There is further evidence of potential benefit in rare blood cancers; regulatory submissions for advanced SM and acute myeloid leukemia are underway
Novartis has announced that The New England Journal of Medicine (NEJM) published data for PKC412 (midostaurin) demonstrating an overall response rate, defined as a major or partial response, of 60 per cent (95 per cent confidence interval [CI], 49-70 per cent; P<0.001) in patients with advanced systemic mastocytosis (SM). The median duration of response for all responders in the primary efficacy population was 24.1 months (95 per cent CI, 10.8-not estimated [NE]).
Advanced SM is a rare disease characterised by the accumulation of abnormal mast cells, a type of white blood cell, in the bone marrow, liver, spleen and other organs, leading to organ damage. It is also characterized by frequent activating mutations of the KIT gene. Patients with advanced SM have a poor prognosis, with overall survival varying between less than 6 months to 3.5 years, depending on subtype, and currently there is no approved treatment for the majority of patients.
The pivotal Phase II study, CPKC412D2201, was the largest and longest-running prospective trial ever conducted in this rare disorder. Jason Gotlib of Stanford University School of Medicine and Stanford Cancer Institute, served as lead author of the study, which enrolled 116 people with advanced SM. Eligibility and responses were reviewed by a Study Steering Committee and 89 patients were eligible for inclusion in the primary efficacy population. Patients received single-agent, oral PKC412 (midostaurin) until disease progression or unacceptable toxicity. Results demonstrated a median overall survival (OS) of 28.7 months (95 per cent CI, 18.1-NE). Improvements in both bone marrow mast cell burden and serum tryptase levels – a marker for mast cell burden – were seen in 78 per cent of patients, and were associated with disease regression.
“These data show clear disease and symptom improvement with oral midostaurin treatment across a range of study participants who were reflective of the heterogeneity of this disease,” said Professor Andreas Reiter, Department of Hematology and Oncology, University Hospital Mannheim of the University of Heidelberg, Germany and senior author of the study. “If approved, midostaurin will offer patients a much needed treatment option,” he added.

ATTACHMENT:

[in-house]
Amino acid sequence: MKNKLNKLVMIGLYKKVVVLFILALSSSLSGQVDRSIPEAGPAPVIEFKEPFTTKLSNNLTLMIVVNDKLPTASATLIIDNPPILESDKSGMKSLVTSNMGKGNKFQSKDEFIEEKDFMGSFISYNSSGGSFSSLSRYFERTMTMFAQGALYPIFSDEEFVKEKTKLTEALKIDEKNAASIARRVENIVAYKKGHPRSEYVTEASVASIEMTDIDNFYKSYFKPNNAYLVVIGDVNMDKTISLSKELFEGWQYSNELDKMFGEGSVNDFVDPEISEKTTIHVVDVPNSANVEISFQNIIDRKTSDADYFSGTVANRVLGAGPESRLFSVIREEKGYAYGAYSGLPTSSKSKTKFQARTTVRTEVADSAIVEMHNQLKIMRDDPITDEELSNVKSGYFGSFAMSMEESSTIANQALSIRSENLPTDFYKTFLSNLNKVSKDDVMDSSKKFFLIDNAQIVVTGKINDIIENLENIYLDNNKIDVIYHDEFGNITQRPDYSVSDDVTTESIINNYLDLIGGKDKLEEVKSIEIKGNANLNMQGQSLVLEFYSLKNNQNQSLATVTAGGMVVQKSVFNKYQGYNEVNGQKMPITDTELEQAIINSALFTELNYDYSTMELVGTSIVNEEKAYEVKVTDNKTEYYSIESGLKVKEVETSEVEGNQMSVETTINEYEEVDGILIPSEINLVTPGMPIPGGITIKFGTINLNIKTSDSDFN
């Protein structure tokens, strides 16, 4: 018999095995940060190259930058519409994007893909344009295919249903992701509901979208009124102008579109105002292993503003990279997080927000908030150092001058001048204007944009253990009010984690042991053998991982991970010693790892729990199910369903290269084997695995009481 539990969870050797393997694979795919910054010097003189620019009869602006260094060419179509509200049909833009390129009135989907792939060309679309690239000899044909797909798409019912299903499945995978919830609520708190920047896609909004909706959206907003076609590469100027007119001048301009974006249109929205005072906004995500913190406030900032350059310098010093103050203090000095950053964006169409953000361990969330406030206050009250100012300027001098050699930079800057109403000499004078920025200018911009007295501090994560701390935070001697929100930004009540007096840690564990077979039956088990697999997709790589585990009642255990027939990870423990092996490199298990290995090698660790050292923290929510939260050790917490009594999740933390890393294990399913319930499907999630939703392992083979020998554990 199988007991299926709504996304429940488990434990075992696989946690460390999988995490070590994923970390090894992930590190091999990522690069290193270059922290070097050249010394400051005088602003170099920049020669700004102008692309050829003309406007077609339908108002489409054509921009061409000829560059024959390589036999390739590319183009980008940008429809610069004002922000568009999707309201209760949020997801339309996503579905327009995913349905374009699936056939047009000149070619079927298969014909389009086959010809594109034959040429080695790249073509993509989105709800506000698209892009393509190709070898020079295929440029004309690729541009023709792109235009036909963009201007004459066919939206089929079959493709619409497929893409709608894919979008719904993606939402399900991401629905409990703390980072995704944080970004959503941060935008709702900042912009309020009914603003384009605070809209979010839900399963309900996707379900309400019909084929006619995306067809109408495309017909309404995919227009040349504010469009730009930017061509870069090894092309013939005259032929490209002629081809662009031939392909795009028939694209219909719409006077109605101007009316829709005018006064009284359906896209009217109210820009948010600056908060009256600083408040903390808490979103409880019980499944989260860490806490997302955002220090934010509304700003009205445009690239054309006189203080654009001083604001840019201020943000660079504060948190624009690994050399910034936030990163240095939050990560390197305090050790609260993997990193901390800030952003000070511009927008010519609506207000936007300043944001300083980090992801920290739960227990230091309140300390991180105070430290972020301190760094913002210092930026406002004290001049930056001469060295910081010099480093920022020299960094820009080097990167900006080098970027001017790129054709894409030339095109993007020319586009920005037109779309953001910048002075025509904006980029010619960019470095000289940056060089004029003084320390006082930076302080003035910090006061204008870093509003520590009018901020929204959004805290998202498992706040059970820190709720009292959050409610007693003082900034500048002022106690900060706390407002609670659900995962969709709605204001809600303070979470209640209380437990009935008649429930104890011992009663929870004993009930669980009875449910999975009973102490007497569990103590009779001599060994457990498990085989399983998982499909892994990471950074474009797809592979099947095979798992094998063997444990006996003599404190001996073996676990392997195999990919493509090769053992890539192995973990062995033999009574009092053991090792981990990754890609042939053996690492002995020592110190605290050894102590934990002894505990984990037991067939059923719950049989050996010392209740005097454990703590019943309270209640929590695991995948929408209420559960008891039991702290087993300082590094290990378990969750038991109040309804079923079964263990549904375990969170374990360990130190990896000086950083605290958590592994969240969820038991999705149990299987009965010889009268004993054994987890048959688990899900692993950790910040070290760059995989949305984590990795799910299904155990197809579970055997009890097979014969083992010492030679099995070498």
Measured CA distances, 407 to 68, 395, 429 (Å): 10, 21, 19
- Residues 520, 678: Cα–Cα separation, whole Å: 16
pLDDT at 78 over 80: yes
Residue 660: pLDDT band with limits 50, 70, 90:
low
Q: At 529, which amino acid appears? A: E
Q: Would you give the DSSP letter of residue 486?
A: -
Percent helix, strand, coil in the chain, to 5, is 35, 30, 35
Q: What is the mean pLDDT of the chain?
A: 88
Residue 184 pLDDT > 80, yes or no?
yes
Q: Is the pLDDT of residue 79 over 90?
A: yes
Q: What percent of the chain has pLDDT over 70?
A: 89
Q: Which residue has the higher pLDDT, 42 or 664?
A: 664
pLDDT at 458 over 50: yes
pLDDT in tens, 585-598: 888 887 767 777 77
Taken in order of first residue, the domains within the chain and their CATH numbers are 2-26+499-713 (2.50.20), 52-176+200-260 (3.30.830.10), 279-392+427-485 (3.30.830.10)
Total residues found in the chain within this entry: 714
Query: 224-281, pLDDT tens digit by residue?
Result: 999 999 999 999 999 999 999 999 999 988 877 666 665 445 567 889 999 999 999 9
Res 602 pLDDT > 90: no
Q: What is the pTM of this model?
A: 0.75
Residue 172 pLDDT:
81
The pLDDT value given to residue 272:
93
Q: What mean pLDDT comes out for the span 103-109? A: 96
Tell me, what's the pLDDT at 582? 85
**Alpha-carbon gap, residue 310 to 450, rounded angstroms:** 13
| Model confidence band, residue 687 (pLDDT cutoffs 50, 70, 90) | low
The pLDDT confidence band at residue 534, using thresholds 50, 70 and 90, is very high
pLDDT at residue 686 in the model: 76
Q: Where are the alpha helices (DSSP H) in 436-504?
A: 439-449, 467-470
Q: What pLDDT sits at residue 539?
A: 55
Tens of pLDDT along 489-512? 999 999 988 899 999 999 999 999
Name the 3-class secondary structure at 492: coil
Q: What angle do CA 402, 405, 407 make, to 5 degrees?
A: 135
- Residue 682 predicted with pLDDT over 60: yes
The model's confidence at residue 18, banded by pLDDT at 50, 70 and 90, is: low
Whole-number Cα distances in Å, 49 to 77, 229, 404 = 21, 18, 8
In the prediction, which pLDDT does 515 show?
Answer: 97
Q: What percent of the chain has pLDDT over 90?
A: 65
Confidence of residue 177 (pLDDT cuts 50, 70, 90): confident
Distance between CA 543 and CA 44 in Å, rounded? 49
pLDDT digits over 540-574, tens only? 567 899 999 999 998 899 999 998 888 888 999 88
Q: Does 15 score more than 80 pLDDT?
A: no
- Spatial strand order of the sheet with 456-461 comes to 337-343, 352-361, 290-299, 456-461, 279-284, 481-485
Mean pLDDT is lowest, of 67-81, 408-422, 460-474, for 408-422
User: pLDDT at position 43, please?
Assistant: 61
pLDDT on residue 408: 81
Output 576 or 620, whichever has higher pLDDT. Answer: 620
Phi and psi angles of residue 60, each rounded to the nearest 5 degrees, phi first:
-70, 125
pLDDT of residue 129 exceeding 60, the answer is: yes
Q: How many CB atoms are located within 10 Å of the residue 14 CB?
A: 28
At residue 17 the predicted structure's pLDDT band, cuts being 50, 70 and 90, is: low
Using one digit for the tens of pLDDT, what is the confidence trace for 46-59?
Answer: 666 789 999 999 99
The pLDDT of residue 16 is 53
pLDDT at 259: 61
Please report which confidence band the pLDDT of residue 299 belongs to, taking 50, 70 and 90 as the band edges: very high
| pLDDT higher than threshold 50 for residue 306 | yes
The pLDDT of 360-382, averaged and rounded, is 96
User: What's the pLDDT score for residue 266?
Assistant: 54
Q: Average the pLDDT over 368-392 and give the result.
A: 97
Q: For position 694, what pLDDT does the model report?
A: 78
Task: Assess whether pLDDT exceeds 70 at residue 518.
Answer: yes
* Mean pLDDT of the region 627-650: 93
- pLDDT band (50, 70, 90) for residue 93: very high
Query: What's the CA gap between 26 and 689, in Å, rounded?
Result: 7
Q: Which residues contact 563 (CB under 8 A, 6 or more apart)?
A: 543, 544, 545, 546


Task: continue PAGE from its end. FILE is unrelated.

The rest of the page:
The most frequent side effects were gastrointestinal. With the exception of nausea and vomiting, all 32 symptoms self-reported with the Memorial Symptom Assessment Scale significantly decreased with treatment (P<0.001). Quality of life, assessed by the 12-item Short Form Health Survey (SF-12), was also significantly increased with PKC412 (midostaurin) treatment, compared to baseline values: improvement was shown by a 26 per cent (P<0.001) increase in mental health scores and a 29 per cent (P<0.001) increase in physical health scores.
“Patients with advanced SM are part of a very small, highly underserved community that has suffered from a lack of medical innovation for many years,” said Alessandro Riva, MD, Global Head, Novartis Oncology Development and Medical Affairs. “Novartis is proud to have developed a treatment that shows benefit for these patients, and is now working with regulatory authorities to make midostaurin available as quickly as possible.”
The Phase II study results are also reinforced in a letter published in the same issue of NEJM by the French Reference Centre of Mastocytosis (CEREMAST) regarding a compassionate use program for PKC412 (midostaurin) in advanced SM. After a median follow-up time of 18.5 (3-36) months, the overall response rate to treatment was 71 per cent. After a similar follow-up time, the overall survival (OS) rate was 42.7 per cent, compared with 14.9 per cent in a matched historic control group (P=0.03). A more than twofold higher risk of death was also observed in the control group (HR 2.2; P=0.02). The most frequent side effects were nausea/vomiting in 89 per cent of patients (leading to failure/discontinuation in 18 per cent), lymphocytopenia in 61 per cent without opportunistic infection and photosensitivity in 25 per cent. The authors concluded that PKC412 (midostaurin) is effective in advanced SM.
PKC412 (midostaurin) is an investigational, oral, multi-targeted kinase inhibitor that was recently granted Breakthrough Therapy Designation for adults with newly-diagnosed FLT3-mutated acute myeloid leukaemia (AML) by the US Food and Drug Administration (FDA). PKC412 (midostaurin) additionally has orphan drug status in the EU and US for both AML and mastocytosis.
Since PKC412 (midostaurin) is investigational at this time, Novartis opened a Global Individual Patient Program (compassionate use programme) to enable PKC412 (midostaurin) access to pediatric and adult patients presenting with aggressive systemic mastocytosis (ASM), mast cell leukemia (MCL) or mast cell sarcoma (MCS).